] at the edge of the band gap is high, corresponding to a high field enhancement close to the metal surface. Figure 4
Fig. 4 Group index of Mode I as a function of the frequency of the incident wave (a) and the grating depth at 200THz (b).
shows the group index (c/vg) of Mode I as a function of the frequency of the incident wave at a given grating depth and as a function of the grating depth at a given frequency of the incident wave. The group velocity vg is obtained by the slope of the dispersion curves in Fig. 3. The groupindex at the asymptotic cut-off frequency is significantly enhanced with increasing grating depth. The group velocity vg of Mode I at 200THz (1.5μm) could slow down by a factor of 800 if h=419nm, which is much lower than for a metal film with dielectric grating [14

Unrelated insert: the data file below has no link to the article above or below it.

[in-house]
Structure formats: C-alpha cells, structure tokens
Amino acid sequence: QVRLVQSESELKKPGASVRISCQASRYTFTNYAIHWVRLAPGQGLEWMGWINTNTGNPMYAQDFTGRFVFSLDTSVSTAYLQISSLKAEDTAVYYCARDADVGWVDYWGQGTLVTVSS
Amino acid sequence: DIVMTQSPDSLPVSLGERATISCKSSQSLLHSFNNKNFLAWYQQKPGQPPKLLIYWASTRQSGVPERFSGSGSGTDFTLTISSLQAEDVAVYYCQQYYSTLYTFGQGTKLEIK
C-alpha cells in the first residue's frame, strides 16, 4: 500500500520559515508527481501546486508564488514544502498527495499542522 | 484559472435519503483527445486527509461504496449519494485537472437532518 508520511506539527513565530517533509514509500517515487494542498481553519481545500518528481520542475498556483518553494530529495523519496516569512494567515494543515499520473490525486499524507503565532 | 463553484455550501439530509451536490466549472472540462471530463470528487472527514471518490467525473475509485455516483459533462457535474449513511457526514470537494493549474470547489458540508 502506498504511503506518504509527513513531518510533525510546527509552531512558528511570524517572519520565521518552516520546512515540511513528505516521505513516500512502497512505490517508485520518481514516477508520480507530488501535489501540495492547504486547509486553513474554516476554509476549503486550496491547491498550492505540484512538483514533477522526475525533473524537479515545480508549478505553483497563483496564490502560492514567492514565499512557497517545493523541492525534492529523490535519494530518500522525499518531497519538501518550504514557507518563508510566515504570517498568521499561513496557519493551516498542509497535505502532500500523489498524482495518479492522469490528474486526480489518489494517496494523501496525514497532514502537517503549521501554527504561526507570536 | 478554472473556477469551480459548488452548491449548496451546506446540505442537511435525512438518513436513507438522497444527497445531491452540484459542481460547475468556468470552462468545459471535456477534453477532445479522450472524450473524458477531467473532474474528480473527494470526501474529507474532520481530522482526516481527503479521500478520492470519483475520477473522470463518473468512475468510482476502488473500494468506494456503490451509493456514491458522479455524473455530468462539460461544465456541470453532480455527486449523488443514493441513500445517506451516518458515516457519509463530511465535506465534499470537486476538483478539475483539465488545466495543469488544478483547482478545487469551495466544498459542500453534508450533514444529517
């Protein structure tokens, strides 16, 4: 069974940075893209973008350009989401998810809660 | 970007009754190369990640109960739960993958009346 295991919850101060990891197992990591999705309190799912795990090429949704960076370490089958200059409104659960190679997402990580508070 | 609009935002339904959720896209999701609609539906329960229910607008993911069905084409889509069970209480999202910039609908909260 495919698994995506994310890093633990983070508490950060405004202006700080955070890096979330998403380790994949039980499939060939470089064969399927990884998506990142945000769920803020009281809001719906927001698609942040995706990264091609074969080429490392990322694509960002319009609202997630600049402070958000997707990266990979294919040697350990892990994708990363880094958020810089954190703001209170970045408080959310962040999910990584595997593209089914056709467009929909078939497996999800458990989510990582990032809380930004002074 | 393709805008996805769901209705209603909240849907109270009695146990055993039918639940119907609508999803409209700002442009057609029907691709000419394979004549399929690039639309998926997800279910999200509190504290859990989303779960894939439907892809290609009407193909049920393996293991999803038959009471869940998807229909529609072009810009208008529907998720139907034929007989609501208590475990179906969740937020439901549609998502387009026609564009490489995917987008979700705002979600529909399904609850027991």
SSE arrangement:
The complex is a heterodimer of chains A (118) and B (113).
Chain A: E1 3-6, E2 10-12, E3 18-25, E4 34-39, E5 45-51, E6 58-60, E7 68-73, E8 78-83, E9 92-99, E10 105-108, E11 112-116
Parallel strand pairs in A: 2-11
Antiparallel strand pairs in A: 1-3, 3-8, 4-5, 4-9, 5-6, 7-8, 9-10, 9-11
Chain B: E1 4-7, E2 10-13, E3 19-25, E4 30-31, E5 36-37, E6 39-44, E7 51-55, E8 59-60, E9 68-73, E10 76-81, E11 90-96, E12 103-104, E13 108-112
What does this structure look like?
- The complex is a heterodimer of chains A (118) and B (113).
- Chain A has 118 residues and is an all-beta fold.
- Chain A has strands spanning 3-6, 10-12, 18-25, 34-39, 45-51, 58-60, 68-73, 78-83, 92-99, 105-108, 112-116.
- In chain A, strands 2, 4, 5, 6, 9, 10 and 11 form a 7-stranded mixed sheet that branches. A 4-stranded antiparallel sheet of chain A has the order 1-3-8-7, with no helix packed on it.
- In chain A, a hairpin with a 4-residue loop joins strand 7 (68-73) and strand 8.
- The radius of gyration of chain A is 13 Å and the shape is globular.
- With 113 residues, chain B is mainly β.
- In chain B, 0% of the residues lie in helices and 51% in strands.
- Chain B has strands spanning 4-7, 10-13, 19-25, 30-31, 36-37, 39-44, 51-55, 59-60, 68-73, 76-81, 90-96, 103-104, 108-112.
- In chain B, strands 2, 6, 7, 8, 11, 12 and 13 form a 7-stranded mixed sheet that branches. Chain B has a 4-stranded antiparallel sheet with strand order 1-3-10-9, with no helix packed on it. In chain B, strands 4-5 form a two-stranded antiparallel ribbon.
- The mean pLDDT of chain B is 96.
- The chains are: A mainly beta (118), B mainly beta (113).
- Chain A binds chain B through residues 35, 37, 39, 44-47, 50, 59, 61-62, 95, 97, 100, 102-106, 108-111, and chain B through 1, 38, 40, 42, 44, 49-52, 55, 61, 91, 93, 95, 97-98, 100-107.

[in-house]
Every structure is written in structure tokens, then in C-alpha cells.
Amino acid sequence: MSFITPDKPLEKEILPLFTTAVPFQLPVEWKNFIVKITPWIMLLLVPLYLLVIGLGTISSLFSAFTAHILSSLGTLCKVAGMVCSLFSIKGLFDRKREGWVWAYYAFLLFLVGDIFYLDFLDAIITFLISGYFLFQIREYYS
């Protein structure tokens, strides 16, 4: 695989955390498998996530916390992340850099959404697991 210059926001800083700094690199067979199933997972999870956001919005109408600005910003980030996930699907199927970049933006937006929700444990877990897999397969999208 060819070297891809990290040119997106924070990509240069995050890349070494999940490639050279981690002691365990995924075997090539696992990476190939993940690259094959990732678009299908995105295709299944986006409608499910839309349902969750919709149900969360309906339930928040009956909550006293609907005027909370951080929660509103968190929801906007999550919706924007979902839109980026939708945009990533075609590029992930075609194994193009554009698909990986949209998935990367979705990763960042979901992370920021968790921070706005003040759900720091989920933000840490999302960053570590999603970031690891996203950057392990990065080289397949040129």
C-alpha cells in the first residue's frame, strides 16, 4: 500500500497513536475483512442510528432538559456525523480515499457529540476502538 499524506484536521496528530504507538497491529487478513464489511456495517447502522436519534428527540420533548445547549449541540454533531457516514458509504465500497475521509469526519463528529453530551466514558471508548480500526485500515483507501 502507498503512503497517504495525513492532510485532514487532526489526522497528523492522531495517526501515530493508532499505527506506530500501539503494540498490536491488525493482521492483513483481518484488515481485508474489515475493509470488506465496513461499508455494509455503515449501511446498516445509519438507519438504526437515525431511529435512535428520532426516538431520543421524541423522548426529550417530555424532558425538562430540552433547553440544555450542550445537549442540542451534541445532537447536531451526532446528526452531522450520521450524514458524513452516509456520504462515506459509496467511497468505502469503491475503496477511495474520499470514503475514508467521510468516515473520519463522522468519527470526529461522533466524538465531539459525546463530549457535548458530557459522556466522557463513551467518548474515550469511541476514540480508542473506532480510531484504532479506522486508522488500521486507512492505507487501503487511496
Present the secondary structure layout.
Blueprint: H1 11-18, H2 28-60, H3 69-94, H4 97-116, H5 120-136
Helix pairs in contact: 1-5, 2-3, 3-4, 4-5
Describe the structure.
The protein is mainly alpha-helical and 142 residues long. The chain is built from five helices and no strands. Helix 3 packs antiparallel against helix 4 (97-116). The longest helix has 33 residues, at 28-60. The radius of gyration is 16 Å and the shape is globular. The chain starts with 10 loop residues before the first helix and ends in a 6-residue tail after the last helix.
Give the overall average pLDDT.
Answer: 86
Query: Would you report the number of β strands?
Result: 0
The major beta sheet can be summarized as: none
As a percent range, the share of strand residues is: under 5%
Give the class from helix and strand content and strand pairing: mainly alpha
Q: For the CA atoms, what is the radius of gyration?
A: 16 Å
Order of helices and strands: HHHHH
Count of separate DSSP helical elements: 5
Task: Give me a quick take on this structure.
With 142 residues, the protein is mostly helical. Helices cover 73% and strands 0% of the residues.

14. L. Chen, G. P. Wang, Q. Q. Gan, and F. J. Bartoli, “Trapping of surface-plasmon polaritons in a graded Bragg structure: frequency-dependent spatially separated localization of the visible spectrum modes,” Phys. Rev. B 80(16), 161106 (2009). [CrossRef]

] and comparable with the metal grating [10

10. Y. J. Zhou and T. J. Cui, “Broadband slow-wave systems of subwavelength thickness excited by a metal wire,” Appl. Phys. Lett. 99(10), 101906 (2011). [CrossRef]

].

3.2 Rainbow-trapping of y- polarized mode